Every now and then I wonder what it would take for me to write a complete novel in a forty-eight hour time frame. A visit with an alien species? A proposal from Jason Mamoa? It’d almost be like waving a magic wand. Abracadabra!

Peace, people!

A Rousing March

Honestly, I’m not being lazy, but I’m expending 99% of my creativity energy on my ever growing novel. Today (Thursday) I have my Olli class, “Fun with Writing,” at 1:30, so I wrote for a couple of hours this morning before getting ready for class.

The novel is still in the first draft stage, even though I’ve been working on it for more years than I want to think about. In the past I’d write a bit, edit, write some more, edit. It seemed like for every step forward I was taking two steps back. Thanks to the wisdom of our Olli instructor, Heather Whitaker, I’m just writing. No editing as I go. Just getting the story out. It feels good.

One might say, I’m on a mission, an inspired march, if you will. And a good march deserves inspiring music.

How about “Seven Nation Army” by the White Stripes? Rousing!

March of the Penguins

My daughter has a thing for penguins, so when I saw this photo on Facebook I shared it with her immediately, not realizing it was part of an advertisement for a cruise line.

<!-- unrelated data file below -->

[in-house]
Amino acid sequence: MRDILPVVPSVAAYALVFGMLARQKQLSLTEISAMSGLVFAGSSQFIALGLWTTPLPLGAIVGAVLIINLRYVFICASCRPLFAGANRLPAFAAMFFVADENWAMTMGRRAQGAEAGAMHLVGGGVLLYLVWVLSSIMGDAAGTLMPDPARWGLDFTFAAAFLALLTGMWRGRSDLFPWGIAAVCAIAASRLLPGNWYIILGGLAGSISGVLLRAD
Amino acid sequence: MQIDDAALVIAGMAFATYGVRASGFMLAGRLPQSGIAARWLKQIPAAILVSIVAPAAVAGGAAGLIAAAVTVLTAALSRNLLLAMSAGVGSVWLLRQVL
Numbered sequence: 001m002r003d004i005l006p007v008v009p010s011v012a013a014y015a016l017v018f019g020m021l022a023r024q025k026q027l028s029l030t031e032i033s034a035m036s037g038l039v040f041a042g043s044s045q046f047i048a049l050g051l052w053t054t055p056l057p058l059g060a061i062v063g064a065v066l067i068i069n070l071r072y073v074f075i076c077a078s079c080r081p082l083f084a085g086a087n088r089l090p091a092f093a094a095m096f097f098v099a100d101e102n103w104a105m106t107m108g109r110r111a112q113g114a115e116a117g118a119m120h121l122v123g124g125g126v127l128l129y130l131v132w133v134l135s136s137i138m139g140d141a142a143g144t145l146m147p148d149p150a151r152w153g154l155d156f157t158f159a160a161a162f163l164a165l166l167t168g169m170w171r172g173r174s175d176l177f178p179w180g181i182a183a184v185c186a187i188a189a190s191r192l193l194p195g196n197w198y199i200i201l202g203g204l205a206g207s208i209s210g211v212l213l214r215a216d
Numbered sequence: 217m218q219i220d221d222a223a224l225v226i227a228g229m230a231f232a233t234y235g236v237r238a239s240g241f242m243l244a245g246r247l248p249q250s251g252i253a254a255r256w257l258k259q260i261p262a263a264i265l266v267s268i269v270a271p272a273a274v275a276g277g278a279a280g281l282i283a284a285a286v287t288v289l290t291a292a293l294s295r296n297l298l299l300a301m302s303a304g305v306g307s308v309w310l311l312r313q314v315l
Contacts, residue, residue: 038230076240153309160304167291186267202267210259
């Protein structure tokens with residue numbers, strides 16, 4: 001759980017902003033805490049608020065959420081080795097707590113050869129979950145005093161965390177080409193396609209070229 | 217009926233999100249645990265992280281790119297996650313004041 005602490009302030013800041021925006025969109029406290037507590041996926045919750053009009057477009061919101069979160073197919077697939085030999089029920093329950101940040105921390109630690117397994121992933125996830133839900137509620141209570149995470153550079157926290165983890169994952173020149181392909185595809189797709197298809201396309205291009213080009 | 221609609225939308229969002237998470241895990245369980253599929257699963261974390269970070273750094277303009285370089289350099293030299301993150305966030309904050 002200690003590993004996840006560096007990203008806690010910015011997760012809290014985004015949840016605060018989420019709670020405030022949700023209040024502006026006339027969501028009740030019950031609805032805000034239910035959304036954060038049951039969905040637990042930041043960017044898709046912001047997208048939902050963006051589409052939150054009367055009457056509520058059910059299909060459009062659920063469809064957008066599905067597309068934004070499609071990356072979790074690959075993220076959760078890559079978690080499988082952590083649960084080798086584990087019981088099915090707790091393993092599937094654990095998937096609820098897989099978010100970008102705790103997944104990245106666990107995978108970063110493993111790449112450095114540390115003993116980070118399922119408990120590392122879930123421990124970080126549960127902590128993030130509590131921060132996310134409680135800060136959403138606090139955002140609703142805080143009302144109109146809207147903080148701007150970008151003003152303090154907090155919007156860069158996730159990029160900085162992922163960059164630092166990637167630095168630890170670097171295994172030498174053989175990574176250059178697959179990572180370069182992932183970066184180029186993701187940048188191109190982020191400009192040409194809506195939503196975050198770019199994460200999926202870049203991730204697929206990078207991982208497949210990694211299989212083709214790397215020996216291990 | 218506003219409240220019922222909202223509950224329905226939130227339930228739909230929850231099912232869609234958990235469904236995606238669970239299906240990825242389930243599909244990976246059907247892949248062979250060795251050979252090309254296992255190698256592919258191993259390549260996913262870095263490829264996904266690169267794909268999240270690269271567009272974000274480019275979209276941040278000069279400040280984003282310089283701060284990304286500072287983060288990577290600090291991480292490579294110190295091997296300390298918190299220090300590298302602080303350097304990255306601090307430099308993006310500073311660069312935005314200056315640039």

Now, my daughter is ready to take a cruise to view penguins; whereas, I’m thinking if I go on a cruise do I really want to go somewhere cold? Can’t we just ship some of the little fellas over here like in Mr. Popper’s Penguins?

Peace and march on, people.

Generating Words in March

For those readers who aren’t into the masochistic art of writing you might not know that November is a special month known as “National Novel Writing Month,” more commonly called “NaNoWriMo.” During November writers are challenged to complete a 50,000 word manuscript between November 1 and November 30.

Every November I think that this is the year I’ll finally finish my novel. Every year, I fall short of my goal by approximately 49,750 words. Sad, eh? I start strong on November 1, but soon I’m lured away from my computer by thoughts of holiday meal preparations and Christmas shopping and a million other distractions.

Who’s to say, though, that another 30-day month wouldn’t suffice for NaNoWriMo? Why not March? Sure, it lacks the alliterative element, but the math would be the same. I’d still need to average 1,667 words a day to reach the 50,000 mark.

The good news is that over a period of several years, working erratically as the fickle spirit moved me, I have crafted a manuscript that two days ago was sitting right at 25,000 words. (I kept telling folks I was at 35,000–that just shows how long it’s been since I logged into my work. Again, sad.) So, if I can put together 50,000 words in 30 days, I’ll have 75,000 words.

There’s even better news—for the past two days I’ve written right at 1,200 words each day. Of course yesterday I had to pull out about a thousand words that just weren’t working to move the tale along. Those words go into my file titled “Misfit Words” for potential use at another point in the story. Thank heaven for word processing programs, am I right?